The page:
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Homewood Fire Department to keep 1997 pumper, sell 2007 truck

The Homewood village board approved the sale of the fire department’s 11-year-old fire engine that has become too costly to repair. Instead, the department will keep a 21-year-old fire truck in reserve.
The department purchased a new fire Pierce Enforcer fire engine this year. It was originally meant to replace a 1997 Smeal pumper. The department aims for 20-year replacement cycles, Fire Chief Bob Grabowski told The Chronicle.
Before the vote Sept. 25, trustees reviewed a memo to Village Manager Jim Marino from the chief. Grabowski said the 2007 Crimson fire engine is rendered inoperable because of an electrical issue. Fixing it would be cost prohibitive. 

“As you know, since delivery of the Crimson fire engine in 2007 we have had nothing but problems,” Grabowski wrote in the memo.

The current problem has been a chronic one for about two years. In that time, the village spent about $30,000 with three different vendors, including the manufacturer, trying to repair it, Grabowski said. The truck has been out of service since February.
The original cost of the vehicle was $374,750.87, Grabowski said. The village has $222,656.12 in repairs into the truck over its lifespan.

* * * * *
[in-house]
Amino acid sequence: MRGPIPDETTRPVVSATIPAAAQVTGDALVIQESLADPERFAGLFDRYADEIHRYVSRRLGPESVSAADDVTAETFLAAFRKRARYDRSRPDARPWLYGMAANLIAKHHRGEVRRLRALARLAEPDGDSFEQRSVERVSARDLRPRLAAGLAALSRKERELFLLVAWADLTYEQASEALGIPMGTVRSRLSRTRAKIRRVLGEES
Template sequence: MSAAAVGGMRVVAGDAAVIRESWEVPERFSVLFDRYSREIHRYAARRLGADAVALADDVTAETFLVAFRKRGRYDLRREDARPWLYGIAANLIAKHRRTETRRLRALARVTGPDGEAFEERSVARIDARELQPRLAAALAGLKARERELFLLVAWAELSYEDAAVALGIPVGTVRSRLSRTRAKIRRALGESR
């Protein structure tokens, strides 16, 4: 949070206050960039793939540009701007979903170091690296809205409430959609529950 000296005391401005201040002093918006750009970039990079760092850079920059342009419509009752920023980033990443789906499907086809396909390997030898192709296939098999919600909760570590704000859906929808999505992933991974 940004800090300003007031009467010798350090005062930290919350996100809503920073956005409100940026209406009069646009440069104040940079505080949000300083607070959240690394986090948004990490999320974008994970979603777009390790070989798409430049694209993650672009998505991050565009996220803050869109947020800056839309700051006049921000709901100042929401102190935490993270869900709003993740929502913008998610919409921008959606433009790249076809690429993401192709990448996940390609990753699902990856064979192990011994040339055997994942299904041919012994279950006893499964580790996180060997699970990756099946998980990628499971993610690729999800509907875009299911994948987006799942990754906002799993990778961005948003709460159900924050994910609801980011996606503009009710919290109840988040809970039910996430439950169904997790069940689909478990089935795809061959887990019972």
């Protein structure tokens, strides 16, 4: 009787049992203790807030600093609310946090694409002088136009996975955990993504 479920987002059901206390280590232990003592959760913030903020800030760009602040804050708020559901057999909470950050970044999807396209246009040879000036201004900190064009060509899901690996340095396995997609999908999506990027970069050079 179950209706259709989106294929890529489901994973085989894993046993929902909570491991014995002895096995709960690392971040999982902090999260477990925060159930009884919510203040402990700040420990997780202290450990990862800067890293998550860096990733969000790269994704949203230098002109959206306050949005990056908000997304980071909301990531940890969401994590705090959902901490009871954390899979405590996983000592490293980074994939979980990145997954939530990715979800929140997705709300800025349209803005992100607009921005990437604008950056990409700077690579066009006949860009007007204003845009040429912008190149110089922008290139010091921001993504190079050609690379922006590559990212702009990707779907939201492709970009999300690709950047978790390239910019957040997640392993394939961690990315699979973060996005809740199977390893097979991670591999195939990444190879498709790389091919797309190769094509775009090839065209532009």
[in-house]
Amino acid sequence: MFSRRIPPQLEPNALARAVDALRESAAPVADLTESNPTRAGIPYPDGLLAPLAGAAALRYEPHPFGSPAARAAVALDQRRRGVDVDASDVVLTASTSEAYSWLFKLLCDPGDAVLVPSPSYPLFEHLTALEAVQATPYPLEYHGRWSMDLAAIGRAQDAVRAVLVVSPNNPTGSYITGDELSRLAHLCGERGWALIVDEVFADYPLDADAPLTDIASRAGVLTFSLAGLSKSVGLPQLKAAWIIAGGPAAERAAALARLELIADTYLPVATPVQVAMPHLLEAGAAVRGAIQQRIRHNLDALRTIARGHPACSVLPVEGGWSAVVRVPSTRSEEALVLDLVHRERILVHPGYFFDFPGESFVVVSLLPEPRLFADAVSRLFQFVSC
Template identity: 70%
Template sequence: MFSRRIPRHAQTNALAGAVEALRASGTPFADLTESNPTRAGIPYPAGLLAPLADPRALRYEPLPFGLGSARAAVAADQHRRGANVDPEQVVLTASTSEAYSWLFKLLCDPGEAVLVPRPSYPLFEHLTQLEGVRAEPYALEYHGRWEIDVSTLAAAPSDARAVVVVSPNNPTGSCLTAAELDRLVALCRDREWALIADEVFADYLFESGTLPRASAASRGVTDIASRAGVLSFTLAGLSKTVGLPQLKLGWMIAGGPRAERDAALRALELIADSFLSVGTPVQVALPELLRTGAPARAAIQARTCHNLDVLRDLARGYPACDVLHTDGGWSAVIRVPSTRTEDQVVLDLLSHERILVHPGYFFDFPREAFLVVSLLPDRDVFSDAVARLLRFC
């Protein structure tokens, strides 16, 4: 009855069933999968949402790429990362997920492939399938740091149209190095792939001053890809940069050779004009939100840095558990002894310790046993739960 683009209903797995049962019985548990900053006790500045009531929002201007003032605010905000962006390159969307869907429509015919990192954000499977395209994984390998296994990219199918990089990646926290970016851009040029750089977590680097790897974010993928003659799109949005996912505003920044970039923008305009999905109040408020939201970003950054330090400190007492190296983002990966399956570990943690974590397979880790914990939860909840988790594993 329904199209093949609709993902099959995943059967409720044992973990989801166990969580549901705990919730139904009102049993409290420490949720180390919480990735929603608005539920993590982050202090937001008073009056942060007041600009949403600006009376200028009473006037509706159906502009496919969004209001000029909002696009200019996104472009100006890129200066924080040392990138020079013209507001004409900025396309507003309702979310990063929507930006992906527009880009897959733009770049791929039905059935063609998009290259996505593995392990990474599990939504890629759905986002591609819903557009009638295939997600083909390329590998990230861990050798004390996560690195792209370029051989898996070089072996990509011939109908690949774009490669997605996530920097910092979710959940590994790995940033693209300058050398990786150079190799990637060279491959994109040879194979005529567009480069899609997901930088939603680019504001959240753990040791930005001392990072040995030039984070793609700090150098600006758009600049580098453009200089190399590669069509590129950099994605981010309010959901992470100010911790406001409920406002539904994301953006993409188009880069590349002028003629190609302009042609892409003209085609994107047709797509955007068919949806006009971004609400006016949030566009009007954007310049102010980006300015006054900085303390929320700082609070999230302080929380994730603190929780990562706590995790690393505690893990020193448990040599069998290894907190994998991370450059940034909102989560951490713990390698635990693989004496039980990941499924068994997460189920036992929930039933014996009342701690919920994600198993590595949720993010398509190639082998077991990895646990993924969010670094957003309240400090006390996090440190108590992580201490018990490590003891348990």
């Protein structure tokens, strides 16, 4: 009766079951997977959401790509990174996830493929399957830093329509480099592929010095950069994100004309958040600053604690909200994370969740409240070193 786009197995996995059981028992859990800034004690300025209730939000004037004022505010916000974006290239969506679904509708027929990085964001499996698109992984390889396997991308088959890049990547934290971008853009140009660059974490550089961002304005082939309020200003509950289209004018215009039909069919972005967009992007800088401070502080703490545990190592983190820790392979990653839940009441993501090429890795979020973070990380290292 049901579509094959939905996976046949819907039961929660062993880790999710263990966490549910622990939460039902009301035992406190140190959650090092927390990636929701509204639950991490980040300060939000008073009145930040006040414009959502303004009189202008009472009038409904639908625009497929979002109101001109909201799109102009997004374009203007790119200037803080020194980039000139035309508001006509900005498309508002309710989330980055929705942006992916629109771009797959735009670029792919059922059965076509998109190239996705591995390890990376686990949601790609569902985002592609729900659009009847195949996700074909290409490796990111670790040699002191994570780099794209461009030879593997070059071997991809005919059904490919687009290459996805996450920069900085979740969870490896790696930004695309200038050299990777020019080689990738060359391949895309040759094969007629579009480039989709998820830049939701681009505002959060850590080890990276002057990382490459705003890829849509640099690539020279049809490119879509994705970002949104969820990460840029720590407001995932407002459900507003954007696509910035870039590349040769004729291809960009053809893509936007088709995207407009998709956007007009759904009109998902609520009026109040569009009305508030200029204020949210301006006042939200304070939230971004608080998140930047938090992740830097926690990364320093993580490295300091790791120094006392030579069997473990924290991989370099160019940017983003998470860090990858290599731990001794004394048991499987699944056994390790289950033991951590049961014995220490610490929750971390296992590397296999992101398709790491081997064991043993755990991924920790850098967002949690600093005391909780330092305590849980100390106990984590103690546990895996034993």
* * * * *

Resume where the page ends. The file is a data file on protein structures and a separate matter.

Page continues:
It will be sold at an auction, private sale or by sealed bid. 
The new Pierce Enforcer arrived on Aug. 21 and was put into service a week later, Grabowski said. The $596,897 purchase from Global Emergency Products was approved by the village board in September of 2017.
To meet the recommendations of the Insurance Service Office and the National Fire Protection Association, Homewood needs a front line engine, a front line truck and a reserve engine. 
In his memo, Grabowski said he met with Marino and Homewood Finance Director Dennis Bubenik on the issue. The three decided the best course of action would be to keep the 1997 Smeal fire engine on reserve and budget for its replacement in 2019. 
The village also owns a 2011 Pierce Arrow ladder truck.

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